This paper examines how property (i. e. the house and ist ground) and nearby (i. e. the immediate surroundings of a property) characteristics influence residential burglary. Crime Prevention through Environmental Design (CPTED) principles of territoriality, surveillance, access control, target hardening, image- maintenance and activity support provide the underpinning theory. The reasoning is that the physical environment can be changed to impact criminal behavior resulting in a reduction in crime and fear of crime. Data were collected by observing 851 houses, of which approximately half had been burgled in 2008 according to police records. Property characteristics appear to be better at predicting burglary than nearby characteristics. They also show that the hierarchical order of the principles varies for property and nearby characteristics. A multilevel regression was elaborated to account for the variance between neighbourhoods. A number of property and nearby design recommendations is made based on the significant variables.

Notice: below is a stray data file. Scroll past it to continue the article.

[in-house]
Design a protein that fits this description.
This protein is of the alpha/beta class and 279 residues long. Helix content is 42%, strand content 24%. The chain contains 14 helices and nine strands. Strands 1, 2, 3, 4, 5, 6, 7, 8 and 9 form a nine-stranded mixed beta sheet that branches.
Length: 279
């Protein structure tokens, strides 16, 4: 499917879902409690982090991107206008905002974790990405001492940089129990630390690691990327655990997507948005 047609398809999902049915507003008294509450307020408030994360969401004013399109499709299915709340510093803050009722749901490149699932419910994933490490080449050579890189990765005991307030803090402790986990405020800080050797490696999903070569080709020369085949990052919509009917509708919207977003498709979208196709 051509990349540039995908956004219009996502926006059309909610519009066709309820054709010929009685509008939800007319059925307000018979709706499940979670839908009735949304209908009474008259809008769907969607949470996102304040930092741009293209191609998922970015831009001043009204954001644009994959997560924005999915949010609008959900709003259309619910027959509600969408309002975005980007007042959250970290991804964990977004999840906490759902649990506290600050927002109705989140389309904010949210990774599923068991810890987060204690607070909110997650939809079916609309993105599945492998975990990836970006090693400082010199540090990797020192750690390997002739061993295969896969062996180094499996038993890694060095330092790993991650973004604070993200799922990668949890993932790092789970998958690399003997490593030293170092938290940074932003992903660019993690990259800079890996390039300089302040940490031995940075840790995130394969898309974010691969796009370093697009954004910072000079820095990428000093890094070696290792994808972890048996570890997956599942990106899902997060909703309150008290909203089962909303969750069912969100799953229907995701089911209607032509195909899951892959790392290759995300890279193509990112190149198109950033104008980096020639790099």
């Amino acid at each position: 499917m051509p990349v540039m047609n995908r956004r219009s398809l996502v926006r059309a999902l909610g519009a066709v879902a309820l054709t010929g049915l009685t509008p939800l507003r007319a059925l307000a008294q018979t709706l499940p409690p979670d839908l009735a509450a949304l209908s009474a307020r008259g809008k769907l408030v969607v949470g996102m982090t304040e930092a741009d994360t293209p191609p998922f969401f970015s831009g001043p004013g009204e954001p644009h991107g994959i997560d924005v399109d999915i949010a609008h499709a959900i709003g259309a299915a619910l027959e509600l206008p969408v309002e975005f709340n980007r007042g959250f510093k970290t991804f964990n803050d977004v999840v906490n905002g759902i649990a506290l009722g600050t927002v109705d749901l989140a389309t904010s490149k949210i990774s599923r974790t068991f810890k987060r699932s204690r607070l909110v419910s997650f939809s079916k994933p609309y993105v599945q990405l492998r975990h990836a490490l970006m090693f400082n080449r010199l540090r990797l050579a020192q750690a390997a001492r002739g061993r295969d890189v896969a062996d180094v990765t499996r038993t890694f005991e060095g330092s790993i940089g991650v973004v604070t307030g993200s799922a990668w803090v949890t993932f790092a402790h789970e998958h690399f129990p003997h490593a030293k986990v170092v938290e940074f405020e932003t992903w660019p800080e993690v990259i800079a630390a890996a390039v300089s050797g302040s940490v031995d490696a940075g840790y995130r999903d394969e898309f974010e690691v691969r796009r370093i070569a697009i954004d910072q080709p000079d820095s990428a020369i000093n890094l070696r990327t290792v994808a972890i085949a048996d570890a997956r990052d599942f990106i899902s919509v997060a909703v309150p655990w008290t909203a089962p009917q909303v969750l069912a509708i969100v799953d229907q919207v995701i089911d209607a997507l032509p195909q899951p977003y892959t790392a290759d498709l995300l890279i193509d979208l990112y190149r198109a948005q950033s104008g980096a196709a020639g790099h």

|Number of pages||17|
|Journal||Polizei und Wissenschaft|
|Publication status||Published - 2011|
- Secure by design
- Residential burglary
- Crime prevention